Looks like Variety got carried away this afternoon with a story that says “several prominent exhibitors” are rejecting the National Association of Theatre Owners‘new voluntary guidelines calling for a two-minute cap on movie trailers. movie-theaterThe site named two chains — Cinemark and AMC Entertainment — saying that their defection raises “the question of why NATO is pushing the issue at all.” Just one thing: AMC denies the story’s claim that it “has reversed its position” after its rep on the NATO board voted for the new guidelines. “AMC Theatres is in full support of the voluntary NATO In-Theatre Marketing Guidelines, which at their core are about the more efficient and effective use of our industry’s marketing resources,” the company says. “Recently published letters, articles and commentary we’ve seen throughout the industry badly misrepresent the intent of these guidelines. As has always been our practice, this and all studio dealings will be handled directly with our distribution partners as we seek to maximize the box office performance of their films, and we expect that practice to continue.”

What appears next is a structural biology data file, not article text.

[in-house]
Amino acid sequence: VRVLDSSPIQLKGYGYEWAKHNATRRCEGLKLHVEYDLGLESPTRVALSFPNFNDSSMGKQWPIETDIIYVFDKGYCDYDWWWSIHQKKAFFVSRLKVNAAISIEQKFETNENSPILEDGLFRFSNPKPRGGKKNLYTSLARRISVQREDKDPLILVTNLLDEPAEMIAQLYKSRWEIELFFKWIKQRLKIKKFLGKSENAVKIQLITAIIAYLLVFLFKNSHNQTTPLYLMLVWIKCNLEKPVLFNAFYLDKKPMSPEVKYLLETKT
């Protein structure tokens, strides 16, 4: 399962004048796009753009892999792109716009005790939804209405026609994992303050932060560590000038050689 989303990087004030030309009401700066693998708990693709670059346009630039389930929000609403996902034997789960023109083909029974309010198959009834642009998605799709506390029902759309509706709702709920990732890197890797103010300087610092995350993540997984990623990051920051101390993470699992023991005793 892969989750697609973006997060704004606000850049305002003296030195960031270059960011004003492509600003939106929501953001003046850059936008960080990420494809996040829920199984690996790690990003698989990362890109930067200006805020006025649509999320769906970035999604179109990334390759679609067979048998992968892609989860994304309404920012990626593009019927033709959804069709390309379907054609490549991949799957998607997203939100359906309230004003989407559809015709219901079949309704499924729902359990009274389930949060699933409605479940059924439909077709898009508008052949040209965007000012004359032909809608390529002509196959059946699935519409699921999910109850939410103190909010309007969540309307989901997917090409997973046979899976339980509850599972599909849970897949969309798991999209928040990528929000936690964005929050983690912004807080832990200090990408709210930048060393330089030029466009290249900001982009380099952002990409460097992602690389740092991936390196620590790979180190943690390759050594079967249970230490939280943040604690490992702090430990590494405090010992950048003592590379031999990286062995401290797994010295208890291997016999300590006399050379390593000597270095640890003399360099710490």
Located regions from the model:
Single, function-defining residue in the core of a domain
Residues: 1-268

Cinemark was the lone vote against of the guidelines on NATO’s 16-member board, which includes representatives of the eight largest exhibition chains. Cinemark didn’t respond to requests for clarification of its position on the matter. Hollywood studios say that trailers need more than two minutes to make an impression on audiences; the industry standard has been 2 1/2 minutes. NATO’s new guidelines would give each studio two exemptions a year — allowing for these trailers to run no more than three minutes. The trade group would serve as the “information clearinghouse” for distributors to identify the films that they want to be exempt. In addition to the time limits, NATO wants trailers to run no more than 150 days before a movie’s released, with other in-theater marketing limited to 120 days.